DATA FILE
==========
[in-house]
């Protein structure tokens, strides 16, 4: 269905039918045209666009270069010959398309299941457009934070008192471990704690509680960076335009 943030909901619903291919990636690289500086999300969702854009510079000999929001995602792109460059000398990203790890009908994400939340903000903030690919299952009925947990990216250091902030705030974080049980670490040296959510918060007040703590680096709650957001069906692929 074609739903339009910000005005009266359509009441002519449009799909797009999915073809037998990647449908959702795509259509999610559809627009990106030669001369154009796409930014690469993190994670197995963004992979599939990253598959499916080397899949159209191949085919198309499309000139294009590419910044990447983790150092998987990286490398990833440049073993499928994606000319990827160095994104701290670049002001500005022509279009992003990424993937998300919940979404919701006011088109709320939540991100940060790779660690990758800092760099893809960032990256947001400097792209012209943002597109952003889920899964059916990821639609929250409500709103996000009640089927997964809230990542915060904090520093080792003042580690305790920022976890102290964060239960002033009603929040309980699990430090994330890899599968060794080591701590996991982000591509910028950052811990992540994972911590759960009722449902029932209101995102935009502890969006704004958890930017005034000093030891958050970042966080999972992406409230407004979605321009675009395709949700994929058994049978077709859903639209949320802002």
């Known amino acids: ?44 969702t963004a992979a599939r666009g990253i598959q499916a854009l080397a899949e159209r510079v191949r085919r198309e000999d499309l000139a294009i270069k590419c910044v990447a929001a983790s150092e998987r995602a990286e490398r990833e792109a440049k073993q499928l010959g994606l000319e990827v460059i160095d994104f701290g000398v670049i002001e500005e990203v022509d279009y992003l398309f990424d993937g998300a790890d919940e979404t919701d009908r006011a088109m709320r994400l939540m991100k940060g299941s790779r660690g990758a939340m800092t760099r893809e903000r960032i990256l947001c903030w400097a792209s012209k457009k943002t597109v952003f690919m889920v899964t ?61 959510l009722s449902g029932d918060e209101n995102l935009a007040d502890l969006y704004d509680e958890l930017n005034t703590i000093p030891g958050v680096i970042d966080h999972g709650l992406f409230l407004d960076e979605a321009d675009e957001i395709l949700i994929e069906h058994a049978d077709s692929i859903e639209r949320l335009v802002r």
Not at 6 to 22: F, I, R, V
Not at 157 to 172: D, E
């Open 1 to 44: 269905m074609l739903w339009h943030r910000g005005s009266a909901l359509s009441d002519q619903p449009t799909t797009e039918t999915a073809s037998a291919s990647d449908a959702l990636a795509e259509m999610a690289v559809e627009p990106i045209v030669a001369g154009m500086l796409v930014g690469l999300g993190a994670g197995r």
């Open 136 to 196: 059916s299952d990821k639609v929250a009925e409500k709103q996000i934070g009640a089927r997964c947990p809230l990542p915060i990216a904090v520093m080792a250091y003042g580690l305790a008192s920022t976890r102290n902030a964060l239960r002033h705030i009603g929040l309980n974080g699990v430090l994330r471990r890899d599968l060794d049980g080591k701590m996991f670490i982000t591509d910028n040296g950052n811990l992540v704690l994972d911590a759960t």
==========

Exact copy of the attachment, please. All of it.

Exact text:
[in-house]
């Protein structure tokens, strides 16, 4: 269905039918045209666009270069010959398309299941457009934070008192471990704690509680960076335009 943030909901619903291919990636690289500086999300969702854009510079000999929001995602792109460059000398990203790890009908994400939340903000903030690919299952009925947990990216250091902030705030974080049980670490040296959510918060007040703590680096709650957001069906692929 074609739903339009910000005005009266359509009441002519449009799909797009999915073809037998990647449908959702795509259509999610559809627009990106030669001369154009796409930014690469993190994670197995963004992979599939990253598959499916080397899949159209191949085919198309499309000139294009590419910044990447983790150092998987990286490398990833440049073993499928994606000319990827160095994104701290670049002001500005022509279009992003990424993937998300919940979404919701006011088109709320939540991100940060790779660690990758800092760099893809960032990256947001400097792209012209943002597109952003889920899964059916990821639609929250409500709103996000009640089927997964809230990542915060904090520093080792003042580690305790920022976890102290964060239960002033009603929040309980699990430090994330890899599968060794080591701590996991982000591509910028950052811990992540994972911590759960009722449902029932209101995102935009502890969006704004958890930017005034000093030891958050970042966080999972992406409230407004979605321009675009395709949700994929058994049978077709859903639209949320802002």
């Known amino acids: ?44 969702t963004a992979a599939r666009g990253i598959q499916a854009l080397a899949e159209r510079v191949r085919r198309e000999d499309l000139a294009i270069k590419c910044v990447a929001a983790s150092e998987r995602a990286e490398r990833e792109a440049k073993q499928l010959g994606l000319e990827v460059i160095d994104f701290g000398v670049i002001e500005e990203v022509d279009y992003l398309f990424d993937g998300a790890d919940e979404t919701d009908r006011a088109m709320r994400l939540m991100k940060g299941s790779r660690g990758a939340m800092t760099r893809e903000r960032i990256l947001c903030w400097a792209s012209k457009k943002t597109v952003f690919m889920v899964t ?61 959510l009722s449902g029932d918060e209101n995102l935009a007040d502890l969006y704004d509680e958890l930017n005034t703590i000093p030891g958050v680096i970042d966080h999972g709650l992406f409230l407004d960076e979605a321009d675009e957001i395709l949700i994929e069906h058994a049978d077709s692929i859903e639209r949320l335009v802002r």
Not at 6 to 22: F, I, R, V
Not at 157 to 172: D, E
């Open 1 to 44: 269905m074609l739903w339009h943030r910000g005005s009266a909901l359509s009441d002519q619903p449009t799909t797009e039918t999915a073809s037998a291919s990647d449908a959702l990636a795509e259509m999610a690289v559809e627009p990106i045209v030669a001369g154009m500086l796409v930014g690469l999300g993190a994670g197995r």
């Open 136 to 196: 059916s299952d990821k639609v929250a009925e409500k709103q996000i934070g009640a089927r997964c947990p809230l990542p915060i990216a904090v520093m080792a250091y003042g580690l305790a008192s920022t976890r102290n902030a964060l239960r002033h705030i009603g929040l309980n974080g699990v430090l994330r471990r890899d599968l060794d049980g080591k701590m996991f670490i982000t591509d910028n040296g950052n811990l992540v704690l994972d911590a759960t």